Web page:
If we were to rewind back to 5 years ago, this would just not be true. But it is today. Our fellowships are far from perfect. Very far. But it is amazing to see how much the body life of the church now is involved with people with HIV as a normal (though challenging) every-day part of living out the love of Christ - the reason for the church in the first place.

Wednesday, 17 June 2009

End game

We got to know him about 4 years ago. It was a horrible way to get to know each other.

He and his wife were trying to have a child. Months had passed by without "an issue" as folks here sometimes put it. She and he had been checked up medically - and the verdict was that he needed to have an operation.

He did. Or at least he tried to. The man - lets call him Tahir - was admitted at a private hospital for the operation and put under anaesthesia. Then the surgeon did an HIV test. It was positive for HIV. The surgeon refused to do the operation and told Tahir that he was HIV positive.

Tahir was crushed. He and his father - who runs a small grocery shop in a near by shanty-town - were in tears when they came to us.

We counselled. Talked. Explained.

Tahir calmed down over the next few weeks.

But then he slipped into denial. He refused to tell his wife. He became surly and upset whenever our staff tried to meet him. Eventually he became hostile and said: "I'm ok. When I need you I will call you."

Earlier this year Tahir showed up again. He was not well but refused to admit it. He had been running a fever of 103 Farenheit but said that he was fine. His father was still with him. A shriveled little man.

Tahir has since had a child. He still did not come clean about his HIV condition to his wife.

Last week I heard from Tahir's neighbour that Tahir had been sick and gone back to his village. Far away near the town of Gorakhpur - on the border of Nepal.

Tahir won't be coming back. He is dead.

His wife has their child with her. Will she ever even be told about what killed her husband?

Another end game. Another silent death.

Life goes on in the city as we wait for the rains on a sultry late June night. But far away, the lives of a family have been irrevocably changed.

All for fear and pride. Melded together in an inseparable alloy.

Tahir could have been helped so much if he would have come clean about his condition. So many of our friends with HIV have told the truth to their loved ones - and are alive today. We
are seeing more and more live longer and longer.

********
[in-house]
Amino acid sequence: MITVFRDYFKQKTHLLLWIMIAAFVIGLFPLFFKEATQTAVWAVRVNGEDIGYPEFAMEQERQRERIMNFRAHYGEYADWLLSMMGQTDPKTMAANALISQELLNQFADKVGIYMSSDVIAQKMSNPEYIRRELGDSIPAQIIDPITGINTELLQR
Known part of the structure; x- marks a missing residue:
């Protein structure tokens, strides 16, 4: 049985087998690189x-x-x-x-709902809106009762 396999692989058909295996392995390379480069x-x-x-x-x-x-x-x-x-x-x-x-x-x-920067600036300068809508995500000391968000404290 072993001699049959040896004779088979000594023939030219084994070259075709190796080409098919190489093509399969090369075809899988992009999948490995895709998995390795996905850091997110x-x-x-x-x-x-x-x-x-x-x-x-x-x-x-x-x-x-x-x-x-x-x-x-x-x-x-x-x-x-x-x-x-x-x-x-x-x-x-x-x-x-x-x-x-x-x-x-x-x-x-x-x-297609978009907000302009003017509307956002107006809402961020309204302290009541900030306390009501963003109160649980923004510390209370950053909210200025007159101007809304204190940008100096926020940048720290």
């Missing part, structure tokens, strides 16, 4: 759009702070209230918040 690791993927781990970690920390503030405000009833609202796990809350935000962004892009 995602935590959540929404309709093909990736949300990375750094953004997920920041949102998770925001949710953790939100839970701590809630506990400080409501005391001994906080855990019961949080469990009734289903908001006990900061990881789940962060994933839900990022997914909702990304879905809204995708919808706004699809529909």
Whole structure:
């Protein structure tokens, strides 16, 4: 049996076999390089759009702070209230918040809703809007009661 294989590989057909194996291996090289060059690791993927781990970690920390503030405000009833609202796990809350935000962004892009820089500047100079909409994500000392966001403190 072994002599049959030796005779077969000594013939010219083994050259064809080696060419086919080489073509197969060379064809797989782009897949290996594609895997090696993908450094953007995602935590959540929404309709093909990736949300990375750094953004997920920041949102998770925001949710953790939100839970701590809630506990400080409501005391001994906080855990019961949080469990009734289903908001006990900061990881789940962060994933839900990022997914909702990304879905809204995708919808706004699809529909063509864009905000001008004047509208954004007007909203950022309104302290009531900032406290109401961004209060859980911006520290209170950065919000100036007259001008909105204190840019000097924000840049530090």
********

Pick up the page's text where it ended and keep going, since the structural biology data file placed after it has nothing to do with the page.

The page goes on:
But each journey of treatment has to start with the truth.

Tuesday, 16 June 2009

Hands and eyes

What does the eye see? What do hands hold?

Sight - do we look at the glitter of the outward? or do we search for underlying webs of relationships? of giving and taken for the benefit of the few?

Touch: what are our hands doing? When free are they building or destroying? The hands above probably have caressed a face. They are tied together because they have been found with traces of explosives on them - a dead give-away in the on-going sectarian carnage in Iraq.

And yet our wondrous hands and eyes also unlock so much what is not seen yet.

Like the endangered glass frog found in remote jungles in Latin America.

Or this stunning beauty of a frog. Entirely new to science - one of the many species only now being discovered.
Would that we would use our hands and eyes for seeing beauty rather than burning trains.

Monday, 15 June 2009


It seems a long ago. A very long time ago.

We were driving through Iran. In the back of an old OM lorry. We had left India and were Vienna-bound. Afghanistan was over. Then the long dry drive through Iran.

Tehran was big. Modern. The Shah's photo in every tea shop. Sprite available in homes.

After the clack-clack-clack of driving over cement high ways - the smoothness of Tehran and its luxurious bigness impressed even a 7 year old like me.

It was after all 1977.

Since then so much has happened. The return of Khomeini from Paris 1979. The regime change. Unthinkable that the Shah would be overthrown in those petrodollar days. But it happened. While the next year saw the Afghanistan that I knew of as a spring arbor of nuts and raisins, apparently crumble as the Russians moved in to support the people's revolution.

As savage as the Iranian revolution was - it was just that. A revolution, not some propped up party from abroad taking centre stage like in Afghan-land.

And now, a generation and a half later, we seem to be seeing the first genuine out-pourings of a new Iran. With the news of last week's Iranian presidential election still being nibbled away we are already seeing what was unthinkable a few weeks ago - large scale protests about what seems farcical results.

Where will these protests lead? The incumbent president is certainly not short of support as well. But then almost 80% of the electorate had voted - and the figures published as authoritative just don't make sense.

What a difference to the election we just held in our country. There was colour and pagentry. There was skull-duggery. There was even apathy - the sad hand-maid of freedom it seems too often - but at the end of the day - when the votes were counted it was clear that the winner was chosen largely fairly. And that the losers would have to seek the mandate of the people in the next time the electorate gets to cast their votes.